Well, that *is* the debate about what the proper use of the term is, and I guess this is as good a place to have it as any.
The thing is that with people like Andy, who appears not to have seen a lot of the IS/IP debate over the past years, you have to start with the idea that there's actually a debate to be had. Look at the exchange between him and Chris--if "internal power" has always meant only some misty spiritual awareness, how's he to know it means something quite specific here?
And "here" isn't the whole Aikiweb community, either. There are still a lot of folks who have followed the arguments and still aren't on board.
on board, but I understand why It's contentious. We could
say, here's this new set of techniques called DH-waza and it's better than yours so you should learn it. And that would be bad enough. But we want to do worse--we want to say here's this old
set of techniques called what teachers have always called it--"aiki" in Japan or "internal power" more generally. And, so sorry, the way you've all been using those words is missing the essence completely. And no, we don't want to cede the use of those words because they have actual historical meaning.
People have the right to demand that the case be made, and it has been made in my opinion, but it's scattered across lots of posts and personal contact--a lot of the language really only resonates if you know the internal feeling it's pointing to. It takes a lot of work to see the whole picture. And every new guy who comes along has to make the same journey over again. Maybe somebody should write a book or something.
And yes, the old translations have not been any help at all. BTW, I ran across another good example in Prof. Goldsbury's monumental Transmission, Inheritance, Emulation #11
, where he discusses translations of Budo
and Budo Renshu
. Here's a translation from Budo
by Larry Bieri, copied whole hog from the good professor's column:
Itsu ushiro kara tori ni kitemo ushiro ni me wo tsukete ite kokoro no mado ga zenshin ni hirakare fui no tekishu ni atte mo sassoku ushiro ga reitai icchi shite binkatsuna hataraki wo nasaneba naranu.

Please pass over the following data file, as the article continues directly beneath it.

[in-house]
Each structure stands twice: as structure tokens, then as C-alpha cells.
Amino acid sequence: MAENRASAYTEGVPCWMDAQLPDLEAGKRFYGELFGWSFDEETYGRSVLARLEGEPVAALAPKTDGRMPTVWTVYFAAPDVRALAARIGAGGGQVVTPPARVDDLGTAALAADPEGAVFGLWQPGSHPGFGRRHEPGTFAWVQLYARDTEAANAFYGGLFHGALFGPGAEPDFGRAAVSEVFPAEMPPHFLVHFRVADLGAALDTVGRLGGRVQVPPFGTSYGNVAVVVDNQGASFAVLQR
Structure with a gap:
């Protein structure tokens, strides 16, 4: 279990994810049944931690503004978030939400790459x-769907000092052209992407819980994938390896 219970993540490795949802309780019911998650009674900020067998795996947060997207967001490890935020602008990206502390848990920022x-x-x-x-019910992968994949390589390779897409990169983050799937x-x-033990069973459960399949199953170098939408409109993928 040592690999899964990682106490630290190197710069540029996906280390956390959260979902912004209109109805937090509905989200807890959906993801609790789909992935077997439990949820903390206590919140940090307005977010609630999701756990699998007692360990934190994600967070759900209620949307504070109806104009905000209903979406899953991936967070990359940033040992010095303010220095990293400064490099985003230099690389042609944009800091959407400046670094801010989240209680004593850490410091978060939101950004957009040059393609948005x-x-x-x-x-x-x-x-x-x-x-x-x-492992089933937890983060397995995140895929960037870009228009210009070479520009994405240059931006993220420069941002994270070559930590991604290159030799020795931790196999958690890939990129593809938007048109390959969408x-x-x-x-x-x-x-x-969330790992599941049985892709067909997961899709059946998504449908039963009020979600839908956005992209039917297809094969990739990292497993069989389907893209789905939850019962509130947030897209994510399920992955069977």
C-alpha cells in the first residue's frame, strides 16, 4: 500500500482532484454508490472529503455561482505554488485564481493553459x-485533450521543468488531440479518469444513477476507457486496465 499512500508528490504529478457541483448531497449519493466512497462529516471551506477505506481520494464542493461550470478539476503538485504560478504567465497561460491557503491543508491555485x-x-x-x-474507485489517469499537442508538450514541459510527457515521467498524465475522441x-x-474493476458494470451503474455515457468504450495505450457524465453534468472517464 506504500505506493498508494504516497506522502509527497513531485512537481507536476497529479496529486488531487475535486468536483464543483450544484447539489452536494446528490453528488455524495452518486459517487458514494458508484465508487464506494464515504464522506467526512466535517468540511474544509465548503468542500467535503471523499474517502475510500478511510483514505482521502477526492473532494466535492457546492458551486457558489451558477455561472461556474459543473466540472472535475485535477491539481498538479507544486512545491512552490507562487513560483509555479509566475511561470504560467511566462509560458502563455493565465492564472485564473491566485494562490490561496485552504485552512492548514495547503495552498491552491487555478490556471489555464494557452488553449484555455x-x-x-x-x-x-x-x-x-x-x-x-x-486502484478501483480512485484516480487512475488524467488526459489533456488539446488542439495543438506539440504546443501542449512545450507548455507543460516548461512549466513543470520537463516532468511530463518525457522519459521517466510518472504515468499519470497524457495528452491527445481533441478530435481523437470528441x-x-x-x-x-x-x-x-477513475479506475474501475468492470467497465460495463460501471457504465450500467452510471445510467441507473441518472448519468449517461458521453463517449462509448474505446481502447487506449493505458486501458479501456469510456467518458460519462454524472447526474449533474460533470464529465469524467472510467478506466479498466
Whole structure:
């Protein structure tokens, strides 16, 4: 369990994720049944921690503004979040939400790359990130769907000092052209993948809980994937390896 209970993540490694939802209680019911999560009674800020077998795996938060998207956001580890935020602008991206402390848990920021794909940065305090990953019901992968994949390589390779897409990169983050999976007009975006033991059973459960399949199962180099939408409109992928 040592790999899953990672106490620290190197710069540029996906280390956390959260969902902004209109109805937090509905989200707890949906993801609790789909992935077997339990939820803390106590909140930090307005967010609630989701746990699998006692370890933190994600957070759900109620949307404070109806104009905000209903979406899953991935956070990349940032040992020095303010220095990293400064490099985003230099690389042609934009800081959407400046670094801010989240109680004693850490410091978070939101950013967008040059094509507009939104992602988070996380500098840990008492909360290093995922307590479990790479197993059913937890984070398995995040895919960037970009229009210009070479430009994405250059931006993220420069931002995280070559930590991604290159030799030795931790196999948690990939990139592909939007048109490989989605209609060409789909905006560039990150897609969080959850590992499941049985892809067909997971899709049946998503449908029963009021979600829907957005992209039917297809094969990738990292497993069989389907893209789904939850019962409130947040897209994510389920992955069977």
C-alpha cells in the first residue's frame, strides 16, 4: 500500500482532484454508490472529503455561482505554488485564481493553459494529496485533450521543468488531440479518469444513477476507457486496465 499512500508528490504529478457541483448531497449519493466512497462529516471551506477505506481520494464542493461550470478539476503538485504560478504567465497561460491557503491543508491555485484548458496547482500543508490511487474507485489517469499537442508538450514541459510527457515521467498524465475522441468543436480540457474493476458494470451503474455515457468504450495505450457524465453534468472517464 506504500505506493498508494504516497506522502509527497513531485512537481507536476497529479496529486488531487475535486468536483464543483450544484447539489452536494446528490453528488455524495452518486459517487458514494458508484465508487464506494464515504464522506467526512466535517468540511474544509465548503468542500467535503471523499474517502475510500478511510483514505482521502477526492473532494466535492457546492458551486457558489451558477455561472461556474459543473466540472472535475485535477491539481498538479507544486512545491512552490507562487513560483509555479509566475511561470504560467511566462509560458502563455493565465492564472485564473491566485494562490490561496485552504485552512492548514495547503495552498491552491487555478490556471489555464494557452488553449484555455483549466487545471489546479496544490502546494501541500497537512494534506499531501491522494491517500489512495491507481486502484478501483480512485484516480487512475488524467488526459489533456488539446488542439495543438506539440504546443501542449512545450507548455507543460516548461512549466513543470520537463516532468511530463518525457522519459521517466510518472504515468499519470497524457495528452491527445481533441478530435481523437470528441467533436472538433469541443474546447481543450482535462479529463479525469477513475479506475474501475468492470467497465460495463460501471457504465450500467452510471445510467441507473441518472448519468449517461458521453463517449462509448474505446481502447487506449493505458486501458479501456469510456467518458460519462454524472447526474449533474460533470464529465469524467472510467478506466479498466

Whenever an enemy comes to grab you from the rear, you should open on to your whole body the window of the spirit (Kokoro), which has eyes facing even to the rear. Your back must move instantly and vigorously with soul and body unified in response to the unexpected attack.
And here, Stevens translating Budo
, with the same words but different orthography (and how literate Japanese manage to stay sane I do not know):
Itsu ushiro kara tori ni kitemo ushiro ni me wo tsukete ite kokoro no mado ga zenshin ni hirakare fui no tekishu ni atte mo sassoku ushiro ga reitai icchi shite binkatsuna hatara wo nasaneba naranu.
as soon as the opponent attempts to grab you from the rear, you must open the eyes of your heart and the window of your mind, follow your intuition, and move swiftly and surely to the proper position to counter the attack.
Ouch. It seems clear that the first translation is trying to transmit real training advice, though the language is cumbersome and perhaps obscure (move your back vigorously?). The second seems to value flowery metaphor over fidelity to the original text. I'm afraid Stevens felt that he had to produce a book that people could understand--but all the real training information was in the hard-to-understand bits.
(Woo, first real post of the new year contains a tribute to TIE, which is a totally amazing series of columns. Happy New Year!)